But I’m not here to only listen and talk — I’m here to start exciting projects and build meaningful solutions! Over the course of the past three weeks, I’ve been exploring a solar panel cleaning business, a new battery cathode technology and a children’s storytelling software app. Currently, I’m working with two great teams: one on biomass gasification in India and another on a software application that taps into the power of social by empowering people to accomplish challenges by incentivizing their friends.

These ideas will hopefully lead to participation in the myriad of competitions here. Competitions I’m preparing for – such as the MIT IDEAS challenge, the Clean Energy Prize and the MIT100K – reward winners with prizes ranging from small grants to giant budgets and incentivize students to solve important problems. If you are looking for inspiration in another form, you can attend one of the many amazing speaker series – at the Deshpande Center, the Harvard Business School or the Martin Trust center for entrepreneurship.

Shifting from the past to the future, the month of March promises to be even more exciting than the past 30 days! Next weekend I will be in NYC – to meet long-lost friends and learn the art of 3D-printing; the weekend after I will be blogging at the MIT Energy Conference; and the last 10 days of March will be spent in San Francisco and Silicon Valley.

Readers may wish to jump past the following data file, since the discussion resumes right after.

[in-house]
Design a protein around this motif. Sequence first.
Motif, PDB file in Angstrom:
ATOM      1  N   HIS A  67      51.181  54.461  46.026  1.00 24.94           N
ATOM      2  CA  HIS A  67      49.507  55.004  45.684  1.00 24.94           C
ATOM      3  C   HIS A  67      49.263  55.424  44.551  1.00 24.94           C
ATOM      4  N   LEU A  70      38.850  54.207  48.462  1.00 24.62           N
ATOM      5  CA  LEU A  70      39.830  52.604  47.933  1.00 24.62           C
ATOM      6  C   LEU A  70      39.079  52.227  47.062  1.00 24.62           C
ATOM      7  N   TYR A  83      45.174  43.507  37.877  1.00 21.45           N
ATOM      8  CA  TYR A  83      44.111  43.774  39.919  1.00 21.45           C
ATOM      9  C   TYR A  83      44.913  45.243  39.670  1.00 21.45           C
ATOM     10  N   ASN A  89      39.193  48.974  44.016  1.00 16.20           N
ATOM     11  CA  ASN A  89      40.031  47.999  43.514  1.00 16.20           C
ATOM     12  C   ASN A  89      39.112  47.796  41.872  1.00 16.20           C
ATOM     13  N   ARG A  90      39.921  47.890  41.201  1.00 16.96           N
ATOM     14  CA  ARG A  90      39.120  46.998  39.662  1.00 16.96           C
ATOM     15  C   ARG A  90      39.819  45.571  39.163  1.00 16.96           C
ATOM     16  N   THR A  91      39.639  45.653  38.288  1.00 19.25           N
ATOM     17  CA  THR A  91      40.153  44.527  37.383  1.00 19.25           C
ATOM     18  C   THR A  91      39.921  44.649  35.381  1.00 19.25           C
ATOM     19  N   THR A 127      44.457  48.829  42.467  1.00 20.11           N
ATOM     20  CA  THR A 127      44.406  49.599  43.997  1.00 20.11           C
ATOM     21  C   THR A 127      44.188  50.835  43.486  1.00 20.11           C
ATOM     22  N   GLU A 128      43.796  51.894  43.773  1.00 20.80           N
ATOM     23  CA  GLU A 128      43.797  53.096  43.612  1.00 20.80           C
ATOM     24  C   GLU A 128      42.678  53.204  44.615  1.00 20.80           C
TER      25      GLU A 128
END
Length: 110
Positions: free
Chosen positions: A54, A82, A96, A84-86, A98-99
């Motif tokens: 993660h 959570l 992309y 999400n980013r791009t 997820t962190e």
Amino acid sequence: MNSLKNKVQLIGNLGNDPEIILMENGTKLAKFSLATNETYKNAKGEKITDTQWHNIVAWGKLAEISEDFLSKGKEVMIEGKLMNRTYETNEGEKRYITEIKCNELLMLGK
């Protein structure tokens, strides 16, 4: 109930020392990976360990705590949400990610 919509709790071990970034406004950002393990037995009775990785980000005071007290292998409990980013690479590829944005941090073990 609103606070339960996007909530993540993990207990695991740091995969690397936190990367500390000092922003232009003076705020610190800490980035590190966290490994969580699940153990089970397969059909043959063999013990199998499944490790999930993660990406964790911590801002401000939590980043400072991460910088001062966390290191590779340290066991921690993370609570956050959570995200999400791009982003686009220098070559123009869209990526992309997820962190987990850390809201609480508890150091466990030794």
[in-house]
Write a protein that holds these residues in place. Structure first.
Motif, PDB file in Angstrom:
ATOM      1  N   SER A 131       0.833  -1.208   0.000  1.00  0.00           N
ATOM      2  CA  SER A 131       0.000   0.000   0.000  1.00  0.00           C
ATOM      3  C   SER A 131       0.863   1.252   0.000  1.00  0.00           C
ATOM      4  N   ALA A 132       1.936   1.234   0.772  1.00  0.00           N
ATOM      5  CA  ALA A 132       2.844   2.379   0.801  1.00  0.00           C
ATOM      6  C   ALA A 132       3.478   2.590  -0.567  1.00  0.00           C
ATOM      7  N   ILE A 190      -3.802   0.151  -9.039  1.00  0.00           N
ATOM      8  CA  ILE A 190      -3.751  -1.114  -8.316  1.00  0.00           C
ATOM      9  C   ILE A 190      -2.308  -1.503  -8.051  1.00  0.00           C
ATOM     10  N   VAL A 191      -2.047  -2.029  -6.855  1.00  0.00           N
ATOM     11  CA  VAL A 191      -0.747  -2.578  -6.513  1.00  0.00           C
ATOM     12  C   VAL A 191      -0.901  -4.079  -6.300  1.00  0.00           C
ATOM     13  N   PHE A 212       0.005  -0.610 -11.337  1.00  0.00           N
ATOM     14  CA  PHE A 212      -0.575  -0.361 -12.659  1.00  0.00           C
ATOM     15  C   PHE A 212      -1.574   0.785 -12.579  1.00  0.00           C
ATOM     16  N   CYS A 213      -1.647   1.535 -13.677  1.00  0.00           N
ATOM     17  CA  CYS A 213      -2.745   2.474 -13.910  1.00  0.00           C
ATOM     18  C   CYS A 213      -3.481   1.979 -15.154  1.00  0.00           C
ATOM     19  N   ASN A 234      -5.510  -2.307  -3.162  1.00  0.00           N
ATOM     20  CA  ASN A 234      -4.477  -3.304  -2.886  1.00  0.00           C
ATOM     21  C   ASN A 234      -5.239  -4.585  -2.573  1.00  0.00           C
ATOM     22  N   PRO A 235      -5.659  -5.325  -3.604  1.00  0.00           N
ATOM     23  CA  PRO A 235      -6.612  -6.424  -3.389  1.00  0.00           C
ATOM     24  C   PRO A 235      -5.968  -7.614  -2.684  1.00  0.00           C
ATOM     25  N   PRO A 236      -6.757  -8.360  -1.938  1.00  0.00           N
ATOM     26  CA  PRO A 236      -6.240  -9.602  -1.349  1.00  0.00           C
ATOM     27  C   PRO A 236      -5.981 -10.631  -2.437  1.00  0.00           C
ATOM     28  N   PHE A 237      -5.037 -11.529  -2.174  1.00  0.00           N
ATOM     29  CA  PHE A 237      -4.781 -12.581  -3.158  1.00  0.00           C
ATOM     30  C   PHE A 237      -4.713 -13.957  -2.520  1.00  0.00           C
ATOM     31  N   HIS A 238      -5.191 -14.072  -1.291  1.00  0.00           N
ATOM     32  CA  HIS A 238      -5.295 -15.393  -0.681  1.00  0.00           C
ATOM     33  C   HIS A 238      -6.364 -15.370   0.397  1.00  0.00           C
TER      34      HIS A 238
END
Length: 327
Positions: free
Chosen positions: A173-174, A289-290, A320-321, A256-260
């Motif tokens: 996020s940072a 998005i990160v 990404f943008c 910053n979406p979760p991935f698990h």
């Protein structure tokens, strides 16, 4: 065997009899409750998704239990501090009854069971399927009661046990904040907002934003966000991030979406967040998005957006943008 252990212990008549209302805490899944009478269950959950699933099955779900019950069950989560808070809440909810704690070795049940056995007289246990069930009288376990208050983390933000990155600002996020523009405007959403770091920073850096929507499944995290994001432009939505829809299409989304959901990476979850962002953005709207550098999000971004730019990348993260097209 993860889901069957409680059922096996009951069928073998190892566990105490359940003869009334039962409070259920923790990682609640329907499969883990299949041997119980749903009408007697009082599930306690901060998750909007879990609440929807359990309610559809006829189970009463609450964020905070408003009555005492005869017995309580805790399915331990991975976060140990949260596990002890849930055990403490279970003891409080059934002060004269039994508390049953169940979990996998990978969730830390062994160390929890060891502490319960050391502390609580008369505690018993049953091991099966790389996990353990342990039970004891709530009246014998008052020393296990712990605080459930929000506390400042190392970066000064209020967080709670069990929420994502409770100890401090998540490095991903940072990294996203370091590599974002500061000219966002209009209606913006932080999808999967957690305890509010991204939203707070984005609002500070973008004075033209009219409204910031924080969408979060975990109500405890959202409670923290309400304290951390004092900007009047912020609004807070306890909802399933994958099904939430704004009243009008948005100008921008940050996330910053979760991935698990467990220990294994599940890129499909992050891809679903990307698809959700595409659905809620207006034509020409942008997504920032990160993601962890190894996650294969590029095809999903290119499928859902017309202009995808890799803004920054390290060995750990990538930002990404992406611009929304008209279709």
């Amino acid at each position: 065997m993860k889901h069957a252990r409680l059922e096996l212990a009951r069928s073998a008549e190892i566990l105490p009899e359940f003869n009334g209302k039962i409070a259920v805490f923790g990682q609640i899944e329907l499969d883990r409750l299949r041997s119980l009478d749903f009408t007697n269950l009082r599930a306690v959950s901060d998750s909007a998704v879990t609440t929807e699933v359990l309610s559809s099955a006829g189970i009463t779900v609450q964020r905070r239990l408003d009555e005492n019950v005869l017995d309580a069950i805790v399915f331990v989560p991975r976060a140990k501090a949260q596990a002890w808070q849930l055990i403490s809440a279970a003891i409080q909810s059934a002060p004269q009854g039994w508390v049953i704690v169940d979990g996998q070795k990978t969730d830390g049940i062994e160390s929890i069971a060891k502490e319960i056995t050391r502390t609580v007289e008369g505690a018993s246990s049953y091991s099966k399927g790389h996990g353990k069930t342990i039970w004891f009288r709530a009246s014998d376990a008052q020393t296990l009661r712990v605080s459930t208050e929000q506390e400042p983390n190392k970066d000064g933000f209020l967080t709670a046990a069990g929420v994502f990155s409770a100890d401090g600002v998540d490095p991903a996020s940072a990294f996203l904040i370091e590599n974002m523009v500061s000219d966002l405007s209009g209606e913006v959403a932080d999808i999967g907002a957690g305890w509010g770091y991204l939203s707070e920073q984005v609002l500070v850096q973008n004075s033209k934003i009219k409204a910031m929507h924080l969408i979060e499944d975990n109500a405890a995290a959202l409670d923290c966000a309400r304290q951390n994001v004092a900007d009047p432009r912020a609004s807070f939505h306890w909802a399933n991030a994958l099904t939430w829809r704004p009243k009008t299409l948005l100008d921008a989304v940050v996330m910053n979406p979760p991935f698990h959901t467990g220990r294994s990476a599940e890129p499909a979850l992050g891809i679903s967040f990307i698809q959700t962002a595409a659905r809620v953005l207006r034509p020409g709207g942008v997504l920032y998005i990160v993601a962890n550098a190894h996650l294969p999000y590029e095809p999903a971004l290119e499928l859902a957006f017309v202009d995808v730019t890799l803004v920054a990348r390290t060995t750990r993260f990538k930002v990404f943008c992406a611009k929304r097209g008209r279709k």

All in all, I’m having an amazing time here. I feel like a painter who has received a new canvas to design his life upon, and I’ve started this month to put down the coarse outline. The more people I meet, the more color is added to the piece – and I’m curious to see what things will look like in a couple of months. I will have worked with wonderful people to start important projects; I will have learnt from all the great professors around me and I will have built friendships with people from all kinds of backgrounds which I hope to kindle for many years to come. May the next months be as spiced up as the Sichuan dinners I get around here!